You may try to go to Best Buy, Fry’s, or any other electronics place to get the new Sony WF-1000XM3 buds. If you go, chances are that you will come back without them. Sony’s new noise cancelling earbuds are very hard to fine. And there is a good reason for that.
It’s important to note that these buds are quite big compared to other earbuds. And the case they come with feels relatively large, although it still fits in your pocket. They’re not the most comfortable earbuds, and you feel the slight annoyance of their weight after about an hour. That said, I still sleep with them every night to block out annoying noises, though they will sometimes drop out.
The WF-1000XM3s have no waterproof rating either, which is a shame since they offer just about everything else. Sony hasn’t hit the waterproof spot that Jabra has with their earbuds, but Sony”s are still far better.
The most noticeable thing about the WF-1000XM3 buds is the noise cancellation, which is impossibly good for a product this size. They offer about 80 percent of the isolation that the big over-the-ear WH-1000XM3 give out. For those who don’t comprehend technology, this may not be good enough. For the rest of us, this type of noise cancellation is a technological breakthrough for buds that can fit in your pocket.
Then, there is the sound. Sony takes the heavy bass and high treble from the WH-1000XM3 and puts it in these small buds. You can manipulate the sound with Sony’s Headphones app, but it’s better to just let the 1000XM3s do their thing with their natural audio ouput. The sound quality equals that of the Sennheiser Momentum True Wireless buds, but Sennheiser doesn’t have noise cancellation.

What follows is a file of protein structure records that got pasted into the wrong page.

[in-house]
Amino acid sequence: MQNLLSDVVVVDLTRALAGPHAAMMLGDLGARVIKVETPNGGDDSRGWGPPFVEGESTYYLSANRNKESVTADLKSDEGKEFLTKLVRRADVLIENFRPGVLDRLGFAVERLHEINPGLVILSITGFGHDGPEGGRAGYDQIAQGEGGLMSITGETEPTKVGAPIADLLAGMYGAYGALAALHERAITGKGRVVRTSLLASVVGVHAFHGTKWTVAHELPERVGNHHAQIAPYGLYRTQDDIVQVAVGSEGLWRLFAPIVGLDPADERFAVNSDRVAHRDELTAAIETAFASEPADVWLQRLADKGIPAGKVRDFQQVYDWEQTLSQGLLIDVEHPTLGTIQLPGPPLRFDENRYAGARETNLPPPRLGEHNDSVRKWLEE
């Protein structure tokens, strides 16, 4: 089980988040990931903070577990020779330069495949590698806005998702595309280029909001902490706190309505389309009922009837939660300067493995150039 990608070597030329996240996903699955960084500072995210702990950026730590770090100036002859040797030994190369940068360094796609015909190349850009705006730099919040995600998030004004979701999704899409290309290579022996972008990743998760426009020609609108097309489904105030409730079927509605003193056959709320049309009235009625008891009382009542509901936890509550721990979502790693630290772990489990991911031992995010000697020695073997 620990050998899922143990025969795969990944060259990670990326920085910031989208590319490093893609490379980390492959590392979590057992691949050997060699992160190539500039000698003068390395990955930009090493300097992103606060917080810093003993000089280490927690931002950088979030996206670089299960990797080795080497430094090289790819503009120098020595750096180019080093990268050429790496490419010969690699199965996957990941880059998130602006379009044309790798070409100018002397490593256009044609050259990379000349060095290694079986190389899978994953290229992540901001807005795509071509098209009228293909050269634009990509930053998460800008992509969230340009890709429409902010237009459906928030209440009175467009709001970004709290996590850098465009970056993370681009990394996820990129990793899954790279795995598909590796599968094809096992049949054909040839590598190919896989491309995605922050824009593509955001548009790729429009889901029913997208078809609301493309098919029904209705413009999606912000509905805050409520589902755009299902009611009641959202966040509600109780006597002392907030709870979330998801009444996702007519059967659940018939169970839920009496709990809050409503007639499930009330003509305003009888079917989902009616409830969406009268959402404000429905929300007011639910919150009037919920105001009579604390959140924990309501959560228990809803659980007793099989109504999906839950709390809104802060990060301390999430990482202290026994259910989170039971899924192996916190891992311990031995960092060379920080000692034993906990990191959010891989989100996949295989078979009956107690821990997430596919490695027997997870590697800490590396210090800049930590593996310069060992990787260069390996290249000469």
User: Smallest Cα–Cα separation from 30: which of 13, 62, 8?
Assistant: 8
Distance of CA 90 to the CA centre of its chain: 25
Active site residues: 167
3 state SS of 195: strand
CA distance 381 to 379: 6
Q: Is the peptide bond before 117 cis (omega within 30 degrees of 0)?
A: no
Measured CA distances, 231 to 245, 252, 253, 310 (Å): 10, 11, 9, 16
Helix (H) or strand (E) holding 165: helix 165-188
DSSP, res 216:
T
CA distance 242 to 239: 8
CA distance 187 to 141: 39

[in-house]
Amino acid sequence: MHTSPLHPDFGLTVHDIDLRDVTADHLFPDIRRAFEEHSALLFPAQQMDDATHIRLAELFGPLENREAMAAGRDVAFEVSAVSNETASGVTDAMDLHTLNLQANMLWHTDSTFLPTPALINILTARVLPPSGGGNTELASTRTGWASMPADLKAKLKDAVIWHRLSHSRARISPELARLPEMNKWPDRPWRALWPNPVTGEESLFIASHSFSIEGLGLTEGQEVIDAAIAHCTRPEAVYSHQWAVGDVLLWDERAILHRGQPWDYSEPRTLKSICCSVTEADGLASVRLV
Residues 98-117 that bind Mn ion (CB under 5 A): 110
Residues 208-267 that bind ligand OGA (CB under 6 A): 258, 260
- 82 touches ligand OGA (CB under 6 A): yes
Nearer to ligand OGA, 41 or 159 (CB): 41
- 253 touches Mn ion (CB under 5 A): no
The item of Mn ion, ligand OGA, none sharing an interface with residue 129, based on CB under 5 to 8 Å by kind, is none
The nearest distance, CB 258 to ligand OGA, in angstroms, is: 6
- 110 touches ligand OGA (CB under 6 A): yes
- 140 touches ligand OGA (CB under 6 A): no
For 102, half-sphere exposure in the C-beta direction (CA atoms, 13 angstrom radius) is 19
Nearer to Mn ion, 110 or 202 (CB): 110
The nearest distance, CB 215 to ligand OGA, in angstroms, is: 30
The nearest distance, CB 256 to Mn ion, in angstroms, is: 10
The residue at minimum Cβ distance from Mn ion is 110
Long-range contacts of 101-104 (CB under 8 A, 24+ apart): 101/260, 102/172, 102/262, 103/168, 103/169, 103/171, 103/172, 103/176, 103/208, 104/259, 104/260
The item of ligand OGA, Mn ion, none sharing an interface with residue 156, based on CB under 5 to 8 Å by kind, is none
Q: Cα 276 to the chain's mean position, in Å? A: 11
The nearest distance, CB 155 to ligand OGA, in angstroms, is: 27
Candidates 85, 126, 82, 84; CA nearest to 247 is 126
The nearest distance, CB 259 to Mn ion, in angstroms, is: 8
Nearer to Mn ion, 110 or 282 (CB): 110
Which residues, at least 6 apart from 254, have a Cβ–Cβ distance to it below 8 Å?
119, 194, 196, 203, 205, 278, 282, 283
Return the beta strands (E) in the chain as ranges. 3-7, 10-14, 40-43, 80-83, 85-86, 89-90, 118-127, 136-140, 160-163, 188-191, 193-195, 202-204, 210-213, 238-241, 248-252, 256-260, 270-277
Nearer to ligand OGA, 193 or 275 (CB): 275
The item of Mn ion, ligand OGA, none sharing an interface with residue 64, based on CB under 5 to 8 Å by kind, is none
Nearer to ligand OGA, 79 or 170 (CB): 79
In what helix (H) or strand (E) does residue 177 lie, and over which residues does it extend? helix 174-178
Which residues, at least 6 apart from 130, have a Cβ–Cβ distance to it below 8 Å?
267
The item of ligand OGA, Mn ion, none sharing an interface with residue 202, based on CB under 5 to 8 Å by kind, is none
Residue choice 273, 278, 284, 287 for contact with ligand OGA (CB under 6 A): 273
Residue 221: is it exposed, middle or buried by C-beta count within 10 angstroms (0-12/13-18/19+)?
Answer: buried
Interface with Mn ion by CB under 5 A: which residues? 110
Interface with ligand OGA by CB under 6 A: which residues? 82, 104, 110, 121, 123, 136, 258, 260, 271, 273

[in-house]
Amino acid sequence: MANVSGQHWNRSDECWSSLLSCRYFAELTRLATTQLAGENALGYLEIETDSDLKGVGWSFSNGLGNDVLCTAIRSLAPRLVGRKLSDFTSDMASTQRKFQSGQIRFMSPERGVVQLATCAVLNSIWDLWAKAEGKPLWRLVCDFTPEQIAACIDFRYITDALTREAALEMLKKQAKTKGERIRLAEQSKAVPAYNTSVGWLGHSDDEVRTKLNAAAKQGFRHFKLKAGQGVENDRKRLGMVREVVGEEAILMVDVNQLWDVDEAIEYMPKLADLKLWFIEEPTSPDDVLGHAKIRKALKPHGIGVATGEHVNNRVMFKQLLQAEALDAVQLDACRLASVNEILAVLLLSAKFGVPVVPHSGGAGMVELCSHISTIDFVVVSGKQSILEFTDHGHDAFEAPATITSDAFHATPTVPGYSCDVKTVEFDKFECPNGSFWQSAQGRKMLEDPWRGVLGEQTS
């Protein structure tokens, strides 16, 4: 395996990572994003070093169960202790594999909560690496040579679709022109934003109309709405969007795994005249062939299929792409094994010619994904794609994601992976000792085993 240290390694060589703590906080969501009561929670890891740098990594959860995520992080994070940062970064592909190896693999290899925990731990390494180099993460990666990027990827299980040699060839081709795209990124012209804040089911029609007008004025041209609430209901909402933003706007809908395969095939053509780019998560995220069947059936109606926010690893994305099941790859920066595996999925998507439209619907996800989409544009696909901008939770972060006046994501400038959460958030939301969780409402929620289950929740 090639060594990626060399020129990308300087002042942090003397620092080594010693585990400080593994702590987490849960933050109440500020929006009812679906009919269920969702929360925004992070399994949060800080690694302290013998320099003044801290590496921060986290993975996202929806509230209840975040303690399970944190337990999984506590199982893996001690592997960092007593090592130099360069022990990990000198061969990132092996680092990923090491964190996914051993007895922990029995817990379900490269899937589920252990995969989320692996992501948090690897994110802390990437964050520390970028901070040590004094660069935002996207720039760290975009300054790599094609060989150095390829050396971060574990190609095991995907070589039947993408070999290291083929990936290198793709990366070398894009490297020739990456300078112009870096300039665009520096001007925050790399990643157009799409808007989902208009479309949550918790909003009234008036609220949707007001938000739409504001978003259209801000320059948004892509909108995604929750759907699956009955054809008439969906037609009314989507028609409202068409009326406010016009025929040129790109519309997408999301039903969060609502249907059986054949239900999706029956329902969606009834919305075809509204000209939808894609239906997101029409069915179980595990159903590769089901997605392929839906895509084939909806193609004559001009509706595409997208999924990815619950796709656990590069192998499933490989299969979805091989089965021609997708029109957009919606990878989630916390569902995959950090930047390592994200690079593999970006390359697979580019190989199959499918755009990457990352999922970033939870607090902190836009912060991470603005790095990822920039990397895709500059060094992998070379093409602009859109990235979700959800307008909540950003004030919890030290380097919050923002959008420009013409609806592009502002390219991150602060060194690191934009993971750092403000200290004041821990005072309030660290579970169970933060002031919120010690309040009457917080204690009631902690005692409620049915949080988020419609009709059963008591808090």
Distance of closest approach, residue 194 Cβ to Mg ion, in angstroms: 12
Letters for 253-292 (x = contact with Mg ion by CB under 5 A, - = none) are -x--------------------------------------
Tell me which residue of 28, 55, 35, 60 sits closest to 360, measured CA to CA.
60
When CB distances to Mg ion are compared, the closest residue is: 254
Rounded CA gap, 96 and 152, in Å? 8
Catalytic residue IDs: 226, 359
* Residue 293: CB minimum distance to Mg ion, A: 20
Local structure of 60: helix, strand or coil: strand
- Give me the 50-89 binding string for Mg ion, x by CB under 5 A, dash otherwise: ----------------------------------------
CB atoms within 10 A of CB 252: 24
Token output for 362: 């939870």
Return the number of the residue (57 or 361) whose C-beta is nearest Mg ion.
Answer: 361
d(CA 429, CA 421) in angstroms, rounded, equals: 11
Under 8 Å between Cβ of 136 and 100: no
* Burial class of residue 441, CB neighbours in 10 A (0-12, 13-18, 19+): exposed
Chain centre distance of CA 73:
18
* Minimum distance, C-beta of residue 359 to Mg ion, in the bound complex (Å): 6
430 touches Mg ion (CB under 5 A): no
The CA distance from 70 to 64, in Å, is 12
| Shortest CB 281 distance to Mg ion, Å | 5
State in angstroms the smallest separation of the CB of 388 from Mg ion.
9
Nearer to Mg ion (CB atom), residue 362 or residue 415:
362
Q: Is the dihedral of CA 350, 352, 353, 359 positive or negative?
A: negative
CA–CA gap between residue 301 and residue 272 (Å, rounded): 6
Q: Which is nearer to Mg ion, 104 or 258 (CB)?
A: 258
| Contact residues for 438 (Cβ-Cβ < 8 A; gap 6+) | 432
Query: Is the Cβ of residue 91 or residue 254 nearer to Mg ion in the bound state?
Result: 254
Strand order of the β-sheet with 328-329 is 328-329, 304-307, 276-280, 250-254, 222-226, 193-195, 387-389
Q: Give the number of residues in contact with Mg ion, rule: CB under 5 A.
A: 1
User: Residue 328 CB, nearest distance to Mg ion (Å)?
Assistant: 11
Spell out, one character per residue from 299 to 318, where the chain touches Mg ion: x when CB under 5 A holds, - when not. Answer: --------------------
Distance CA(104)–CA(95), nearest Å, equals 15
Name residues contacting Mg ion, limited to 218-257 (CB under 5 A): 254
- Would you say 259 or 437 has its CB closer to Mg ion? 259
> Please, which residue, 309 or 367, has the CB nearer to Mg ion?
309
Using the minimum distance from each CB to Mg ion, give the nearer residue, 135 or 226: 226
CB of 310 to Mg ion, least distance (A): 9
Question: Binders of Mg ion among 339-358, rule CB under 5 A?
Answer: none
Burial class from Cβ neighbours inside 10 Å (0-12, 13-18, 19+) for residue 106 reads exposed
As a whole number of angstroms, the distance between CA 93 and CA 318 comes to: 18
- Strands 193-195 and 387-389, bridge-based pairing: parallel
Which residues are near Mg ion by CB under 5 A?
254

If you want to wear your buds in public and be able to hear everything and everybody around you, Sony’s buds offer an Ambient Mode that allows you to change the amount of sound that comes through. If you are jogging outdoors, it’s a good idea to turn it all the way up. You can also switch from Ambient Mode to Noise Cancellation Mode with just the touch of your finger on the left bud. The right bud controls playback, Google Assistant, or Siri.
As I noted in my ears-on impressions review of Sony’s new earbuds, the phone quality isn’t the best. But as I’ve been able to make more calls, I’ve realized the call quality is definitely adequate. Yes, people can tell I am wearing earbuds, but they can still hear me. If I’m in busy traffic and surrounded by loud noise, I do have to constantly repeat myself.
When push comes to shove, the WH-1000XM3 buds are worth the $230. If anything, you get a small noise cancellation system that fits in your pocket. The 1000XM3s aren’t the perfect earbuds that smartphone users have been asking for, but they are closer to perfection than any earbuds have come so far.